Maintaining your blood sugar levels within your goal range can aid in preventing or delaying major, long-term health issues. Keeping an eye on your blood sugar levels is crucial, but doing so also raises your risk of hypoglycemia, or low blood sugar. Low blood sugar is defined as less than 70 mg/dL. Check it if you believe yours to be too low. If you are unable to, deal with it immediately. Knowing what to do and treating low blood sugar as soon as possible is crucial since it can be hazardous if left untreated.
A extremely low blood sugar reading is one that is below 55 mg/dL. It won't respond to treatment if you stick to the 15-15 rule. Additionally, depending on the symptoms you experience, you might not be able to check or treat your blood sugar on your own. Make sure your loved ones, friends, and carers are aware of the symptoms of low blood sugar so they can assist you in administering treatment if necessary.
The best technique to treat extremely low blood sugar is with injectable glucagon. With a prescription, glucagon starter kits are available. To find out if you need one, consult your doctor. Make careful to understand when to utilise it and how. Give the location of your glucagon kit to family members and other close friends, and make sure they are trained in its use. Strictiond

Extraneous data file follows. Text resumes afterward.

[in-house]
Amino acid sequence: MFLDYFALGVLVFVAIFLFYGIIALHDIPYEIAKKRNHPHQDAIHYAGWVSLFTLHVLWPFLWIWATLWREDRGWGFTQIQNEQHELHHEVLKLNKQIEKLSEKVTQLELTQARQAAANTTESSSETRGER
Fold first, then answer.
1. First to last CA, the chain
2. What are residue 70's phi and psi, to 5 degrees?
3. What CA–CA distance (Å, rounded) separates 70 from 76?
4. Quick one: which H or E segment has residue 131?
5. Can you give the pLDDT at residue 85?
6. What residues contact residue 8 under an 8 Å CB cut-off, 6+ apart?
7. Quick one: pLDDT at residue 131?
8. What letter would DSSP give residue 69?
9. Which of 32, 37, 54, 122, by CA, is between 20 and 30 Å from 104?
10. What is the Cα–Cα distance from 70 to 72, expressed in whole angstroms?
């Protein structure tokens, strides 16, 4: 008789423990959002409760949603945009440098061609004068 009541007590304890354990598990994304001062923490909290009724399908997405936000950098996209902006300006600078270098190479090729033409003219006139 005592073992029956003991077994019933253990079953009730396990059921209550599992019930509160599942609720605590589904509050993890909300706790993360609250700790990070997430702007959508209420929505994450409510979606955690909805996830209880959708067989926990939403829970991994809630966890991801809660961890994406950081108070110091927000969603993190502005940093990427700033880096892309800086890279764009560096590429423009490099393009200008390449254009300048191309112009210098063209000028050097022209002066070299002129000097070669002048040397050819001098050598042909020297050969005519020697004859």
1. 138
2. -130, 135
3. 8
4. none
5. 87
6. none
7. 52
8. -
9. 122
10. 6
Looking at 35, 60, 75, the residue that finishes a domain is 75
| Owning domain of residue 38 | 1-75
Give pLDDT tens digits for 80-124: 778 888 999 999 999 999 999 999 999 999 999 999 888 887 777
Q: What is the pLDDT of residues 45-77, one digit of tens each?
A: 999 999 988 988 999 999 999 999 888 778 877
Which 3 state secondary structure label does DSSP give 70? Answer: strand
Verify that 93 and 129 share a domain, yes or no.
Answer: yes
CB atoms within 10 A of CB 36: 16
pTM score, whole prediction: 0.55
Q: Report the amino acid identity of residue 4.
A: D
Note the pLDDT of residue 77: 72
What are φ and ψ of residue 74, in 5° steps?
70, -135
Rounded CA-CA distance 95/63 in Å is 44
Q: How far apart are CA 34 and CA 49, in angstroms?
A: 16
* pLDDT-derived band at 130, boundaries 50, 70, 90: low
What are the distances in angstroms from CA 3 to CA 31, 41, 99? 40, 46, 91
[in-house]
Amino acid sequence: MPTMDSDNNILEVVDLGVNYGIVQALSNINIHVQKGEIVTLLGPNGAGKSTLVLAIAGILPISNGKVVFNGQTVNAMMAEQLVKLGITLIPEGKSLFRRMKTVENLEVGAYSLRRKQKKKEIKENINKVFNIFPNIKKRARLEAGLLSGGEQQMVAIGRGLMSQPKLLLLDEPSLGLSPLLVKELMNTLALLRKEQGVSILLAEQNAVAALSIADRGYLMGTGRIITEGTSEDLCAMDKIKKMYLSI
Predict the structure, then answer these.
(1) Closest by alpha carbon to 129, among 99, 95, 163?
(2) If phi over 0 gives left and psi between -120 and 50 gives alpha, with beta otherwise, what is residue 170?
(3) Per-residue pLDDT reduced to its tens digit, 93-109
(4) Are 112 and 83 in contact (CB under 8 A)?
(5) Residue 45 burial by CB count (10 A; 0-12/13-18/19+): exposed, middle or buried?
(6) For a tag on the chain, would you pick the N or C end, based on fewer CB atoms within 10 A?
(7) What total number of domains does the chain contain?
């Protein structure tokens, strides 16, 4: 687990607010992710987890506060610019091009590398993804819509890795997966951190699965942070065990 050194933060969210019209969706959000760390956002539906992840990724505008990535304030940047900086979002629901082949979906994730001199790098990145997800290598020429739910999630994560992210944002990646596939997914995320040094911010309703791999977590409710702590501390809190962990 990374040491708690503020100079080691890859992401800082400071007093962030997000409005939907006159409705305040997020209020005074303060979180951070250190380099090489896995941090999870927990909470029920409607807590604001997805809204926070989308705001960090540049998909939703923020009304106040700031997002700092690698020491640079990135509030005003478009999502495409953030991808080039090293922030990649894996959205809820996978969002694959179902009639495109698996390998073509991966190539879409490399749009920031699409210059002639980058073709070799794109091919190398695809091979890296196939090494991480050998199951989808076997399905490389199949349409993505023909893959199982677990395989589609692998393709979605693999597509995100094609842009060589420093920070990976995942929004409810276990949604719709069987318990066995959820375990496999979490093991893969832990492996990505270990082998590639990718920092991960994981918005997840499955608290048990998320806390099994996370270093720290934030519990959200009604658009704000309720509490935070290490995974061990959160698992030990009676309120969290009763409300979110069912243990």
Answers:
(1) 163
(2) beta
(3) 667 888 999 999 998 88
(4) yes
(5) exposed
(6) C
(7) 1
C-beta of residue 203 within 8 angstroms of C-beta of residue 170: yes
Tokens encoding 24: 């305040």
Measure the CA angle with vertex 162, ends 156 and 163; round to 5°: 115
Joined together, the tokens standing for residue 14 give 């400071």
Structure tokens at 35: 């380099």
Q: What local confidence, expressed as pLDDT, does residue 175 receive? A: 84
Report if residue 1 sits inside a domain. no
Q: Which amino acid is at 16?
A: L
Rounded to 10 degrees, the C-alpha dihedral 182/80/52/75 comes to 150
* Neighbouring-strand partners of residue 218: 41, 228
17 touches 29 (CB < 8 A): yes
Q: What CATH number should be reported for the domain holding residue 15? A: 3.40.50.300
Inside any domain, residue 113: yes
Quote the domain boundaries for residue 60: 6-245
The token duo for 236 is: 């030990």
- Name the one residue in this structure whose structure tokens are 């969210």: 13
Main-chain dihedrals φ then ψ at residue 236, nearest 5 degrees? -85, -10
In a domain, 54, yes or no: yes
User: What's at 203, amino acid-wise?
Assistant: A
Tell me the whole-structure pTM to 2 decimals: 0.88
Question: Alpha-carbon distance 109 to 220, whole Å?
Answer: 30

Once your blood sugar level has stabilised and is within your goal range, if it was just slightly low (between 55 and 69 mg/dL), you can resume your regular activities. Your first low blood sugar symptoms will be less obvious for 48 to 72 hours after the low blood sugar event. Check them more frequently, especially prior to eating, exercising, or operating a motor vehicle, to avoid them falling too low again.
Call your doctor straight away for emergency care if you took glucagon due to a dangerously low level (54 mg/dL or less). You should also let your doctor know if you consistently have low levels, even if they are not dangerous. Your diabetes treatment regimen might need to modify.